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Circ J. 2010 Aug;74(8):1718-30. Epub 2010 Jul 17.

Clinical significance of intensive lipid-lowering therapy using statins in patients with coronary artery disease: LDL-cholesterol: the lower, the better; is it true for Asians? (Pro).

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  • 1Department of Cardiovascular Medicine, Juntendo University, School of Medicine, Tokyo, Japan.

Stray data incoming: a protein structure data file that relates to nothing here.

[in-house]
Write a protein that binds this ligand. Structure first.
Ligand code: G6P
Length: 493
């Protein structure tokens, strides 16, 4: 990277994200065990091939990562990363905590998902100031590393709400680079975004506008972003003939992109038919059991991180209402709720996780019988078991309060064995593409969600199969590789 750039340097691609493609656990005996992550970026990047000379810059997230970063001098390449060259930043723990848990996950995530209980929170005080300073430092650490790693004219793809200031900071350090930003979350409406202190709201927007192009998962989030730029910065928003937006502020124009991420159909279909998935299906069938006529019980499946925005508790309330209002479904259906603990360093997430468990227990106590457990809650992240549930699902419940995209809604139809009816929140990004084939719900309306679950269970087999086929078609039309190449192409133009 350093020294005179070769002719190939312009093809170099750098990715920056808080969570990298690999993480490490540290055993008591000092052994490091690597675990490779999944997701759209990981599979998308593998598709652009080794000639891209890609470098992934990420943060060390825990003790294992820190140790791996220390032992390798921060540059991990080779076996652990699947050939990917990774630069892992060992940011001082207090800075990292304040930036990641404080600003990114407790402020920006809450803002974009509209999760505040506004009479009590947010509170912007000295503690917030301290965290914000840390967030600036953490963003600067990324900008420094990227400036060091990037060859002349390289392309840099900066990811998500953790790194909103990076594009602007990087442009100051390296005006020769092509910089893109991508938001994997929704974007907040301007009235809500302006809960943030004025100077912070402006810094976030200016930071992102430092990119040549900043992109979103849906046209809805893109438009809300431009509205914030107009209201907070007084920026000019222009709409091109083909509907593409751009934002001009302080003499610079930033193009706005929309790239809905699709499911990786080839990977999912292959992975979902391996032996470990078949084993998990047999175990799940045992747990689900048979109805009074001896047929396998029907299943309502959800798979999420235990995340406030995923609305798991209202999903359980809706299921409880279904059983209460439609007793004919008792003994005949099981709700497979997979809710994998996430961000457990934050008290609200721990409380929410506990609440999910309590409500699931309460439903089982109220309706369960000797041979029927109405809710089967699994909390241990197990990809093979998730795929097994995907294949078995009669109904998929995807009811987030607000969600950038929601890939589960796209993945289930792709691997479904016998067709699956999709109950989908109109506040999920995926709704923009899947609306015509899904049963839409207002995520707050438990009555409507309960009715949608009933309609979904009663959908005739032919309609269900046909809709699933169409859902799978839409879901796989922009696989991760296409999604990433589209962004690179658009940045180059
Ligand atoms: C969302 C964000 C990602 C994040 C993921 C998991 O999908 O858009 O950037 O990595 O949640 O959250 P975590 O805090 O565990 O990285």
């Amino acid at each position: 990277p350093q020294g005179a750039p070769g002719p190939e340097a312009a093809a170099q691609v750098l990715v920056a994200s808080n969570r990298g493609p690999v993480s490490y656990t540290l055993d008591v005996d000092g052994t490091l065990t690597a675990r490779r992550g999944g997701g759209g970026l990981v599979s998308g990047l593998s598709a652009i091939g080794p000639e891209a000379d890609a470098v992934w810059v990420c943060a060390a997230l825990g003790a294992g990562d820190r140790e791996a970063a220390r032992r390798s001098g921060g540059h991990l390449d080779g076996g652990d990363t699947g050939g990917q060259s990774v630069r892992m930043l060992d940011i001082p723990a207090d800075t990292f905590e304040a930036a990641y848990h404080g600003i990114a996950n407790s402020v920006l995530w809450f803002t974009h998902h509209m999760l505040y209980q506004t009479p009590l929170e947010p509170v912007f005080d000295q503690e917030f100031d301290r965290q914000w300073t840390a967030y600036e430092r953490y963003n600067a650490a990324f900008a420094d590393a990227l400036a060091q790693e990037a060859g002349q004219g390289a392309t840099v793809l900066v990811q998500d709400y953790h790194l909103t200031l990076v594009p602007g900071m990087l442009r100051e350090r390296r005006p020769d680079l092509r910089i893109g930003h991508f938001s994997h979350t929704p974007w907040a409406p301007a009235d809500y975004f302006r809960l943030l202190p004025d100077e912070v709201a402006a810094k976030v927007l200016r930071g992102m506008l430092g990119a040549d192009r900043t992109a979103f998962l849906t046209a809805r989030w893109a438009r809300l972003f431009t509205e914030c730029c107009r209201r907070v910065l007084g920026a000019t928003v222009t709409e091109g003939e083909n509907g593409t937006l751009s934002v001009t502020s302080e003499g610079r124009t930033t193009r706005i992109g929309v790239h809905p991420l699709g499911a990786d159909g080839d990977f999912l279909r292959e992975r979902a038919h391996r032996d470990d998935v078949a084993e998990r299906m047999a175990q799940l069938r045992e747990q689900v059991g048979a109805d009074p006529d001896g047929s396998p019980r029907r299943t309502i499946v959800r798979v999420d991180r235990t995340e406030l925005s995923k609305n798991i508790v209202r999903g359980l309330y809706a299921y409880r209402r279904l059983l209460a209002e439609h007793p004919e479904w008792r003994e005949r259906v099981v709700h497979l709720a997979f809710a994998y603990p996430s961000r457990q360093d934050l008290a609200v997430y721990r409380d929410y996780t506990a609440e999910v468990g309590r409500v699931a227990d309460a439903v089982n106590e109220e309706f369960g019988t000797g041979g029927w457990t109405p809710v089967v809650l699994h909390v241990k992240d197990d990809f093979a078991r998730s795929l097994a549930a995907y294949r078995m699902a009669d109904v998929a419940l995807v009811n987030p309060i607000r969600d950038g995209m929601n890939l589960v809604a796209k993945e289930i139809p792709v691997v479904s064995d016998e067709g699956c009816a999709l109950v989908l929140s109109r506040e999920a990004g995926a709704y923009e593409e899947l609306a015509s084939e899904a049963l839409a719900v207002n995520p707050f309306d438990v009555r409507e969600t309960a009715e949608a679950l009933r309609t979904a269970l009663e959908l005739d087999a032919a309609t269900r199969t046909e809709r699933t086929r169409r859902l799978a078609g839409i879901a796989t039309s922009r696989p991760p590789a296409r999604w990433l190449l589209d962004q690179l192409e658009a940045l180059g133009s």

Large clinical trials have elucidated that lipid-lowering therapy using statins reduces cardiovascular events in patients with coronary artery disease (CAD). The benefit of statin therapy is proportional to the achieved low-density lipoprotein cholesterol level (LDL-C) up to 70 mg/dl. On the basis of this evidence, the American Heart Association and American College of Cardiology offer an optimal LDL-C goal of <70 mg/dl for patients with a very high risk of CAD. In addition, with regard to acute coronary syndrome (ACS), which has a high risk for future cardiac events because of the presence of vulnerable plaque, intensive lipid-lowering therapy from the early stage is the standard treatment. On the other hand, the mechanism of inhibition of cardiac events by statins is thought to be predominantly based on stabilization of plaque, but research on the role of plaque regression is also advancing. The clinical significance of intensive lipid-lowering therapy using statins will be discussed from the following standpoints: (1) large-scale clinical trials around the world; (2) the relationship with plaque regression and stabilization; (3) the relationship with the diverse effects of statins; and (4) evidence generated from Japanese patients.

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